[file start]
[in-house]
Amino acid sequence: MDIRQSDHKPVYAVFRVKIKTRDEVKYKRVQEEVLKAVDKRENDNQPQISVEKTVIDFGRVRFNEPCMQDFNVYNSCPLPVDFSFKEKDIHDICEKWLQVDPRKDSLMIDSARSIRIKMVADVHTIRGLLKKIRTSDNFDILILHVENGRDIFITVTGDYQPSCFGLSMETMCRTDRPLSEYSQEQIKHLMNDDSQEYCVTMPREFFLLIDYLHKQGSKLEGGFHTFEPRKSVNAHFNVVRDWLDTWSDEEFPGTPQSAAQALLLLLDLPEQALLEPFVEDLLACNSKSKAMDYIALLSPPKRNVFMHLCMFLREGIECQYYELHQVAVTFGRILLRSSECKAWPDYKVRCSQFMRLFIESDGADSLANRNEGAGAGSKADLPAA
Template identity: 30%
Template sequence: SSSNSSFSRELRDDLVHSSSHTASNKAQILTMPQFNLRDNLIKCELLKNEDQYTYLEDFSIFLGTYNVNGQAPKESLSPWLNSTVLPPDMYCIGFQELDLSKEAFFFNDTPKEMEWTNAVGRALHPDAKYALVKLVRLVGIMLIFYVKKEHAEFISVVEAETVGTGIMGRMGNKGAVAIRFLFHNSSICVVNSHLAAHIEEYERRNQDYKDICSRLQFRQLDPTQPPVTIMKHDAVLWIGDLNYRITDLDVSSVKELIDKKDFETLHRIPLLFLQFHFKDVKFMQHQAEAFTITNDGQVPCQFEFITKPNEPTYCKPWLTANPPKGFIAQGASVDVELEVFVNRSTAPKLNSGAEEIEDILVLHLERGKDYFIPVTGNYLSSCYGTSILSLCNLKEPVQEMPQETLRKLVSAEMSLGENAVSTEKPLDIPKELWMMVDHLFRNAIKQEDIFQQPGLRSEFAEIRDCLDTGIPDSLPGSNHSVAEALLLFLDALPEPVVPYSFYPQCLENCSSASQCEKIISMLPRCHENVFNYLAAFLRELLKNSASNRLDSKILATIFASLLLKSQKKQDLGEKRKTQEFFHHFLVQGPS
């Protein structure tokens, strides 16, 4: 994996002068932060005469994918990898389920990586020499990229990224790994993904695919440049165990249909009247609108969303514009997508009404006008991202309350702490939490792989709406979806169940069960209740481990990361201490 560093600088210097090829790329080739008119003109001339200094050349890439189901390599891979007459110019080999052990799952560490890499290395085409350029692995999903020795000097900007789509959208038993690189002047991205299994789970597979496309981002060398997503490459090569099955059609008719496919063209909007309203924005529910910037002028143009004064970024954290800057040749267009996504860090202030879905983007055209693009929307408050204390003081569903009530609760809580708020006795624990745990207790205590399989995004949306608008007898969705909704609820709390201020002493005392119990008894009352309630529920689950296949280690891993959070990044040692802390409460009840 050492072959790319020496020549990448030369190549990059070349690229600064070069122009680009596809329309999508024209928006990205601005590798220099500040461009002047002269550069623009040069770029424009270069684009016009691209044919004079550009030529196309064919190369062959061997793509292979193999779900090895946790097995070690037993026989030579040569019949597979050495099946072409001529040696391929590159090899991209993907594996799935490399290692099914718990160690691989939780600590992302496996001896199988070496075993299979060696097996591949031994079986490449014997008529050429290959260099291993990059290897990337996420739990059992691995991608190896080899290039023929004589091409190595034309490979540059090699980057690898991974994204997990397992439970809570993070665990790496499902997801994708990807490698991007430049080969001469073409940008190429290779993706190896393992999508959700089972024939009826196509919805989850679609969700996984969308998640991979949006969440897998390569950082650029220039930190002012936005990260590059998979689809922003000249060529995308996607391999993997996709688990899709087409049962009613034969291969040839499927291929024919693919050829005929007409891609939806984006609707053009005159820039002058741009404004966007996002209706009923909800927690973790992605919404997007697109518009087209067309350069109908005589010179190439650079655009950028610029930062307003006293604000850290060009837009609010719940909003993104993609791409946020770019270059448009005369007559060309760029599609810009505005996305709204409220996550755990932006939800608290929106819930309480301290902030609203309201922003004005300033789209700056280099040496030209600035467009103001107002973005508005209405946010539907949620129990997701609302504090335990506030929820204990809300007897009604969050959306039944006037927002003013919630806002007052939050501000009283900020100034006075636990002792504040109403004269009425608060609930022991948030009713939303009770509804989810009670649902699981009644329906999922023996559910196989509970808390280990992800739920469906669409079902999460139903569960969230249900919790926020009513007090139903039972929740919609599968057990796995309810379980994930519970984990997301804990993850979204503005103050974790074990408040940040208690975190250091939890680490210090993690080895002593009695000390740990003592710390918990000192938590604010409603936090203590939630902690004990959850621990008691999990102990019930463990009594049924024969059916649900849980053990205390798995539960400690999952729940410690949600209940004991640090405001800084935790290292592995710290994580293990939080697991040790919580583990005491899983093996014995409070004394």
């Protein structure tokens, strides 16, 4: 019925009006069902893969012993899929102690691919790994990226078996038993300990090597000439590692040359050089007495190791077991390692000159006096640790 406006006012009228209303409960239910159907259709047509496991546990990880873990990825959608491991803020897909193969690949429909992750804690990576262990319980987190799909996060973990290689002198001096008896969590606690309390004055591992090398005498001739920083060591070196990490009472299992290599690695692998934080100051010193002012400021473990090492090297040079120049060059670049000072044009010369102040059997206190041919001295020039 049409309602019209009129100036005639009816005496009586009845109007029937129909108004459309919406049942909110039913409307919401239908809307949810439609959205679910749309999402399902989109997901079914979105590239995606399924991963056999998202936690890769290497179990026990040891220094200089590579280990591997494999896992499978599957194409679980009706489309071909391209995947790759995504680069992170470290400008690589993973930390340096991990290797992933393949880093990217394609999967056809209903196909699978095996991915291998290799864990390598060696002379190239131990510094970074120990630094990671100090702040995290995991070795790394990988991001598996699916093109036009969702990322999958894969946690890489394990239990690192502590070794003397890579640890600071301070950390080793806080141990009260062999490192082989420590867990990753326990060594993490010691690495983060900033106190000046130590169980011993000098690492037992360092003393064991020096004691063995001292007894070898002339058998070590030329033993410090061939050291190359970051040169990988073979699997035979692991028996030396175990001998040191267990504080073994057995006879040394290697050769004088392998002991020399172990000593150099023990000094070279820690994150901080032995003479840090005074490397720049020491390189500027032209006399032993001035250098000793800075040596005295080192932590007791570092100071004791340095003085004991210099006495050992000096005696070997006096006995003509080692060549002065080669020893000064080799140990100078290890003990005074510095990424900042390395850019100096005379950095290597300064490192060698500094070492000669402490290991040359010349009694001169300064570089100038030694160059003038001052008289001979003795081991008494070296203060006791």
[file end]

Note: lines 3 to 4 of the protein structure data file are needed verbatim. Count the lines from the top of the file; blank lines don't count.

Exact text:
Template identity: 30%
Template sequence: SSSNSSFSRELRDDLVHSSSHTASNKAQILTMPQFNLRDNLIKCELLKNEDQYTYLEDFSIFLGTYNVNGQAPKESLSPWLNSTVLPPDMYCIGFQELDLSKEAFFFNDTPKEMEWTNAVGRALHPDAKYALVKLVRLVGIMLIFYVKKEHAEFISVVEAETVGTGIMGRMGNKGAVAIRFLFHNSSICVVNSHLAAHIEEYERRNQDYKDICSRLQFRQLDPTQPPVTIMKHDAVLWIGDLNYRITDLDVSSVKELIDKKDFETLHRIPLLFLQFHFKDVKFMQHQAEAFTITNDGQVPCQFEFITKPNEPTYCKPWLTANPPKGFIAQGASVDVELEVFVNRSTAPKLNSGAEEIEDILVLHLERGKDYFIPVTGNYLSSCYGTSILSLCNLKEPVQEMPQETLRKLVSAEMSLGENAVSTEKPLDIPKELWMMVDHLFRNAIKQEDIFQQPGLRSEFAEIRDCLDTGIPDSLPGSNHSVAEALLLFLDALPEPVVPYSFYPQCLENCSSASQCEKIISMLPRCHENVFNYLAAFLRELLKNSASNRLDSKILATIFASLLLKSQKKQDLGEKRKTQEFFHHFLVQGPS